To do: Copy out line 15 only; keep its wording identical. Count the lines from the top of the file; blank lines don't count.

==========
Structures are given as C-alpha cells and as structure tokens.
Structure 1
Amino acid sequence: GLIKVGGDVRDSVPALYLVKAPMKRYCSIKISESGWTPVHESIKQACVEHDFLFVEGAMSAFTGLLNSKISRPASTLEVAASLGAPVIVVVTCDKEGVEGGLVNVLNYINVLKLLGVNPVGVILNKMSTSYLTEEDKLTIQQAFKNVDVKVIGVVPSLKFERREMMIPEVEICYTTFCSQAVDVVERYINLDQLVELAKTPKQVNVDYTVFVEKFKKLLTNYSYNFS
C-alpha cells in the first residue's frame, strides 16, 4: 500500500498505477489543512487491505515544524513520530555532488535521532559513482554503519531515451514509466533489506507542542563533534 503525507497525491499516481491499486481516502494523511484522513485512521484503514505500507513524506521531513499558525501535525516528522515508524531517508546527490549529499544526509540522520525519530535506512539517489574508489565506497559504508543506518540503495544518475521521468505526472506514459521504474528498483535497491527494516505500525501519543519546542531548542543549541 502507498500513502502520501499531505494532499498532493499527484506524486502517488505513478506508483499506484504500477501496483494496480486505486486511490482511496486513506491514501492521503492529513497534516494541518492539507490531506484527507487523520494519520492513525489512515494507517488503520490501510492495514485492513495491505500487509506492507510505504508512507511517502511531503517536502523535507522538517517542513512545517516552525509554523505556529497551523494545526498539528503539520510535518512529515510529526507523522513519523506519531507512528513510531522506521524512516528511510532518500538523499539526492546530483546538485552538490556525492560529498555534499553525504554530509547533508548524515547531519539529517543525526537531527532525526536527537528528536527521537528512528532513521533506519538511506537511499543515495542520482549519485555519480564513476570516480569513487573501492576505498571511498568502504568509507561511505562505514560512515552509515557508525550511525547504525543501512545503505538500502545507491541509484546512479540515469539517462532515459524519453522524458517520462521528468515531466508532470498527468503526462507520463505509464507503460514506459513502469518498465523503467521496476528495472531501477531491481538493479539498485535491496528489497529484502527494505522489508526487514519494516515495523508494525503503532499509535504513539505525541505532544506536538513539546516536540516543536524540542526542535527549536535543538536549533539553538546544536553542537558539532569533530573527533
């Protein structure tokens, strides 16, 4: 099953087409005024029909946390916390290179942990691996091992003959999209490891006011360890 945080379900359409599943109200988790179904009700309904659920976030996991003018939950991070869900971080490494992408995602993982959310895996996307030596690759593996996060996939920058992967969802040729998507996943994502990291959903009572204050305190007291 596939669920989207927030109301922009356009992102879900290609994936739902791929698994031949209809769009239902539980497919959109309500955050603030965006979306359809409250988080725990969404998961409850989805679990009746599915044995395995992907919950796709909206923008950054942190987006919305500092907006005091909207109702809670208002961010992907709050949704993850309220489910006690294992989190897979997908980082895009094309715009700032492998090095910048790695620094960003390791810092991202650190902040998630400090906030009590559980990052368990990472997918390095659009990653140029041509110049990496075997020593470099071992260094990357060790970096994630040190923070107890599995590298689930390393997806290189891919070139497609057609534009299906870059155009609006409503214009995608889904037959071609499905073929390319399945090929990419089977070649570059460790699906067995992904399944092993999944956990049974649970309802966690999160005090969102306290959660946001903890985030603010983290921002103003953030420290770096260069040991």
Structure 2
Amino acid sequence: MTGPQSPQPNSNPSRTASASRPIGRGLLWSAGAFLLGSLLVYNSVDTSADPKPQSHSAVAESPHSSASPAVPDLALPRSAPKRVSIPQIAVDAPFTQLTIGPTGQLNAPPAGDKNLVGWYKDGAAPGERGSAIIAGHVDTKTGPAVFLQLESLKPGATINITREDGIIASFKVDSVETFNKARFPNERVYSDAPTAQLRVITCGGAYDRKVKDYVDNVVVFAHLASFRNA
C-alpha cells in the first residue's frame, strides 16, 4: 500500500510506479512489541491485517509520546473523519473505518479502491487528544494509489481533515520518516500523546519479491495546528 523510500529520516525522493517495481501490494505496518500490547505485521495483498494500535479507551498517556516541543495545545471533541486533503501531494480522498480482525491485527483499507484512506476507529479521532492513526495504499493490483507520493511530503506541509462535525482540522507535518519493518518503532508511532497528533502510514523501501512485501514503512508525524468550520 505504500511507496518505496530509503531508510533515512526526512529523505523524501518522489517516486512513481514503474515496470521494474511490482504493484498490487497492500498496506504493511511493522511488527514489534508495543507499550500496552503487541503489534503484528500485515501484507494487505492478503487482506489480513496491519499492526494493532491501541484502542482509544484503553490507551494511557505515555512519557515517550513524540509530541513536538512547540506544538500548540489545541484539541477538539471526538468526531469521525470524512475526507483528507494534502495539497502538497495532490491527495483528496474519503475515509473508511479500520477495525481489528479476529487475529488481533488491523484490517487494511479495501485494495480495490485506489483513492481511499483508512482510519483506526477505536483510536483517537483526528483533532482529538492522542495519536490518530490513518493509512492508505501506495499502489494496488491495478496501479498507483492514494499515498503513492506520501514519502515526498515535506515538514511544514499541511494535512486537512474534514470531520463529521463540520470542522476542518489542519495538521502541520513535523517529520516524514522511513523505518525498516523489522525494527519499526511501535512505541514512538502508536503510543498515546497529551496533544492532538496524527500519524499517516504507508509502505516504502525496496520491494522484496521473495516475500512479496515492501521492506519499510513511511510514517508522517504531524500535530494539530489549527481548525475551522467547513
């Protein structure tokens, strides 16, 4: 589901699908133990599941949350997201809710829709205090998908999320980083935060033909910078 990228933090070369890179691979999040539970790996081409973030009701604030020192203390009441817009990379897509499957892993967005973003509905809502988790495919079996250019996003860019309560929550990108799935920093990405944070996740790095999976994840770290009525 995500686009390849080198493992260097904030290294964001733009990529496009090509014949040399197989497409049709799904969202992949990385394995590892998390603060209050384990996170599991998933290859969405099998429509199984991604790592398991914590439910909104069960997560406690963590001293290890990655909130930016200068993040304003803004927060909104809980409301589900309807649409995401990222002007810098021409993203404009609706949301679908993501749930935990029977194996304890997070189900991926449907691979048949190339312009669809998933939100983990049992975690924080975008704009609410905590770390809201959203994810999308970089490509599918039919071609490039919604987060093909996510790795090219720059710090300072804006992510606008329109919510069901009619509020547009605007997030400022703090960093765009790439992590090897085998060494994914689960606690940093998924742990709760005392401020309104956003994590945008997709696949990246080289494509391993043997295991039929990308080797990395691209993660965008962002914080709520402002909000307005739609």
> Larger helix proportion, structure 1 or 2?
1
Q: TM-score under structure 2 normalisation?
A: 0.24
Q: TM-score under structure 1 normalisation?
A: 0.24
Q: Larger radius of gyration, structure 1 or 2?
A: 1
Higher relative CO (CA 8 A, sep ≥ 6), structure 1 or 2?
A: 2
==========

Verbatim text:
A: 0.24